Representations of females in computer games Gender representation in computer games can be broken down into two distinct categories: how females are portrayed as characters and the options females are offered as players. Female characters are few in traditional video games. Although recently more games have been incorporating female characters, the females are portrayed using aesthetic stereotypes or sexist and sexual images. The depictions of women and roles characters play include damsels in distress needing to be rescued, women as prizes (for successful completion of a game level), and women as victims. More so than not, women are portrayed as existing for male pleasure, as sexual objects, sexualized and objectified. These are unattainable images of sexuality in which female players cannot relate.
Characters continued to be constructed according to a fairly traditional set of gender stereotypes, including the portrayal of good but passive princesses as objects which motivate the action, and bad, eroticized women as competitors who must be beaten back by the protagonist (Cassell).
Few video games have women depicted in positive roles. Some fighting games have a token female opponent to try to appease the female game players. In general, the "games reaffirmed or reinscribed dominant and patriarchal conceptions of gender roles (Cassell)." One of the most prominent examples of females in video games today is Lara Croft in Tomb Raider. She is a hypersexualized female character, with measurements 36-24-36. Lara Croft possesses agency in the game, but the female empowerment is assuredly not what made the game so popular and profitable that the industry decided to make a movie out of it. This depiction of a female with a small, tiny waist, and large breasts and lips was marketed toward the young male consumer, not towards females. Tomb Raider's success has been linked to the exaggeration of Lara Croft's feminine characteristics.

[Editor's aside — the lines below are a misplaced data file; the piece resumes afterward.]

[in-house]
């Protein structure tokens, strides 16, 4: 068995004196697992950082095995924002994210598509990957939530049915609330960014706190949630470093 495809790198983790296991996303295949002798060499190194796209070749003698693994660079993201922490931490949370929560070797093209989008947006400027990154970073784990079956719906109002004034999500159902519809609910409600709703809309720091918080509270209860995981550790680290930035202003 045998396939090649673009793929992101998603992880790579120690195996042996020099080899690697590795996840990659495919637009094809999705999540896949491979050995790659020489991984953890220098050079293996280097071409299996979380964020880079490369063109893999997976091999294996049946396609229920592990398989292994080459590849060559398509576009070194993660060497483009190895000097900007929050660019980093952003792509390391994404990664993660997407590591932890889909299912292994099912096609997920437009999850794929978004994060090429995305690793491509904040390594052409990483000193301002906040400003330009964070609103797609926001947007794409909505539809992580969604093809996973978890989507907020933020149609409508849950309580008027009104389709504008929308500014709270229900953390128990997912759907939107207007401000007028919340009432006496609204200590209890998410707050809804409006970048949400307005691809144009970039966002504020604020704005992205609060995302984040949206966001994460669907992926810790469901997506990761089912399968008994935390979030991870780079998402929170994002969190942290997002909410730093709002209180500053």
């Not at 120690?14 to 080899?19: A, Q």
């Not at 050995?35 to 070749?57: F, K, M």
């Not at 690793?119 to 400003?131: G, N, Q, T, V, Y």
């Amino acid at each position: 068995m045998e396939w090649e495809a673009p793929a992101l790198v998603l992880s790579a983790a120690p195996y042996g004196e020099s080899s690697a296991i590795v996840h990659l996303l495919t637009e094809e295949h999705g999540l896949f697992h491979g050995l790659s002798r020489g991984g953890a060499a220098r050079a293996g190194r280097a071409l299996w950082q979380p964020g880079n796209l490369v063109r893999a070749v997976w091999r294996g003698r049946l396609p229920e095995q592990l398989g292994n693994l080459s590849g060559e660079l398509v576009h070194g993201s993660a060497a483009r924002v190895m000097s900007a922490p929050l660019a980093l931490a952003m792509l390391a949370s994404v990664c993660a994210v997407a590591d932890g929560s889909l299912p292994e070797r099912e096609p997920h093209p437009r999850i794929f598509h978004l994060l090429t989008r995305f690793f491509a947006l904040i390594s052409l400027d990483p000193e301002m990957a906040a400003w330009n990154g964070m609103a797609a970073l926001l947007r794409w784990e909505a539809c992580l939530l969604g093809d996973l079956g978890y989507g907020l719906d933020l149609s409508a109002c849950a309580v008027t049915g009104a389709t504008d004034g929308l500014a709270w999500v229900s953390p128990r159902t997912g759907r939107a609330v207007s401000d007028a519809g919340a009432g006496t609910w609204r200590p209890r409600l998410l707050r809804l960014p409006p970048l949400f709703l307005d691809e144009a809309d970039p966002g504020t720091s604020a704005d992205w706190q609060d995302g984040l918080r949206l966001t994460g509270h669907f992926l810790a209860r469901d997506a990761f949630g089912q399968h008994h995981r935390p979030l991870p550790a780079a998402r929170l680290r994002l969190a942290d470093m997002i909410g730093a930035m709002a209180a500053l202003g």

Several areas need to be examined in relation to gender and computer games. Questions need to be asked regarding the roles females play in games as characters, and the roles of the female game players. Do female characters play passive roles or are they capable of making decisions that affect the game play, displaying their own agency? Are there any visible female characters in the game? Are the depictions of females real/accurate? Are these characters in which female players can identify with? Who is the target audience of the game? Is the plot or story told from a female perspective? What do we intend to teach the players, if anything at all? Does this game qualify as a "girl game"? It is important to ask these questions and more when designing and evaluating any game, particularly if the game is marketed as gender-neutral, gender-inclusive, or targeted directly towards females. This will help begin the process of "promoting the active examination of video games as cultural texts (Buchanan)."